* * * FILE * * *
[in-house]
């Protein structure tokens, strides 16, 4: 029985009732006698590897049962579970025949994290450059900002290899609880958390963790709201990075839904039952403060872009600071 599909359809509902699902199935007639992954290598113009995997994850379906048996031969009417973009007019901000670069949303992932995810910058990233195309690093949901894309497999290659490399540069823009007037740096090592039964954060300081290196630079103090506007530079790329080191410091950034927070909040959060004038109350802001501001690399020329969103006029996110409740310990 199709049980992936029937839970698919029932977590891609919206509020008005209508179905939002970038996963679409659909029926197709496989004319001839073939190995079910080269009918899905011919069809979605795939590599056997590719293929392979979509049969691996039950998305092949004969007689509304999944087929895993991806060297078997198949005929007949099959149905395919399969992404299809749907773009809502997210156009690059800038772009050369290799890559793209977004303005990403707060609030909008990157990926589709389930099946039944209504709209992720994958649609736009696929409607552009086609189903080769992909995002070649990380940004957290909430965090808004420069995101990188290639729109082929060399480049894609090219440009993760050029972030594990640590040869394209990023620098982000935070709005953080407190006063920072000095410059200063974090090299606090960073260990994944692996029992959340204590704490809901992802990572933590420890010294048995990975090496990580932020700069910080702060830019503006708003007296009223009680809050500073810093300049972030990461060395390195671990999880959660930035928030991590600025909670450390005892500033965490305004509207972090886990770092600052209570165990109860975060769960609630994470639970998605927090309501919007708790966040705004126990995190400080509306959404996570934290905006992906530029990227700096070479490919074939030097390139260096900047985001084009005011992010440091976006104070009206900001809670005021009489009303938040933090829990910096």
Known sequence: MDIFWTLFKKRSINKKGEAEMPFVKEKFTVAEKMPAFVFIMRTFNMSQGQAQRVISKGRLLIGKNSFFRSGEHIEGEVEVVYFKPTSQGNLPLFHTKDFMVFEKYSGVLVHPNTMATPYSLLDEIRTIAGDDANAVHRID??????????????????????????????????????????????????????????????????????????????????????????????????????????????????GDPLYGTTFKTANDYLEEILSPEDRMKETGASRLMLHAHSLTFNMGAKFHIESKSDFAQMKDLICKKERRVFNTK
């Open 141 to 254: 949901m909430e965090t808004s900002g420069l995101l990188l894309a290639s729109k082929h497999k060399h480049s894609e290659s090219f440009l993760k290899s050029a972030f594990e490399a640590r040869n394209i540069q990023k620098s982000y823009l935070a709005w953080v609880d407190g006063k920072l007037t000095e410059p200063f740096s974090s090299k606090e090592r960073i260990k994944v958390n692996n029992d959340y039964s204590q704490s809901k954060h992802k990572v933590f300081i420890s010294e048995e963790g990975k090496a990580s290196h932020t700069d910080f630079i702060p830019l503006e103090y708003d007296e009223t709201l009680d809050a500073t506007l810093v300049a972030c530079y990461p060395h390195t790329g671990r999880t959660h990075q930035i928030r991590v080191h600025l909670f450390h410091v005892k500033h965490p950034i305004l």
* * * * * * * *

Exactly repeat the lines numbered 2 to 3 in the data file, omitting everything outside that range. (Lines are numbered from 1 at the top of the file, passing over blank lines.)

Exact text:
């Protein structure tokens, strides 16, 4: 029985009732006698590897049962579970025949994290450059900002290899609880958390963790709201990075839904039952403060872009600071 599909359809509902699902199935007639992954290598113009995997994850379906048996031969009417973009007019901000670069949303992932995810910058990233195309690093949901894309497999290659490399540069823009007037740096090592039964954060300081290196630079103090506007530079790329080191410091950034927070909040959060004038109350802001501001690399020329969103006029996110409740310990 199709049980992936029937839970698919029932977590891609919206509020008005209508179905939002970038996963679409659909029926197709496989004319001839073939190995079910080269009918899905011919069809979605795939590599056997590719293929392979979509049969691996039950998305092949004969007689509304999944087929895993991806060297078997198949005929007949099959149905395919399969992404299809749907773009809502997210156009690059800038772009050369290799890559793209977004303005990403707060609030909008990157990926589709389930099946039944209504709209992720994958649609736009696929409607552009086609189903080769992909995002070649990380940004957290909430965090808004420069995101990188290639729109082929060399480049894609090219440009993760050029972030594990640590040869394209990023620098982000935070709005953080407190006063920072000095410059200063974090090299606090960073260990994944692996029992959340204590704490809901992802990572933590420890010294048995990975090496990580932020700069910080702060830019503006708003007296009223009680809050500073810093300049972030990461060395390195671990999880959660930035928030991590600025909670450390005892500033965490305004509207972090886990770092600052209570165990109860975060769960609630994470639970998605927090309501919007708790966040705004126990995190400080509306959404996570934290905006992906530029990227700096070479490919074939030097390139260096900047985001084009005011992010440091976006104070009206900001809670005021009489009303938040933090829990910096």
Known sequence: MDIFWTLFKKRSINKKGEAEMPFVKEKFTVAEKMPAFVFIMRTFNMSQGQAQRVISKGRLLIGKNSFFRSGEHIEGEVEVVYFKPTSQGNLPLFHTKDFMVFEKYSGVLVHPNTMATPYSLLDEIRTIAGDDANAVHRID??????????????????????????????????????????????????????????????????????????????????????????????????????????????????GDPLYGTTFKTANDYLEEILSPEDRMKETGASRLMLHAHSLTFNMGAKFHIESKSDFAQMKDLICKKERRVFNTK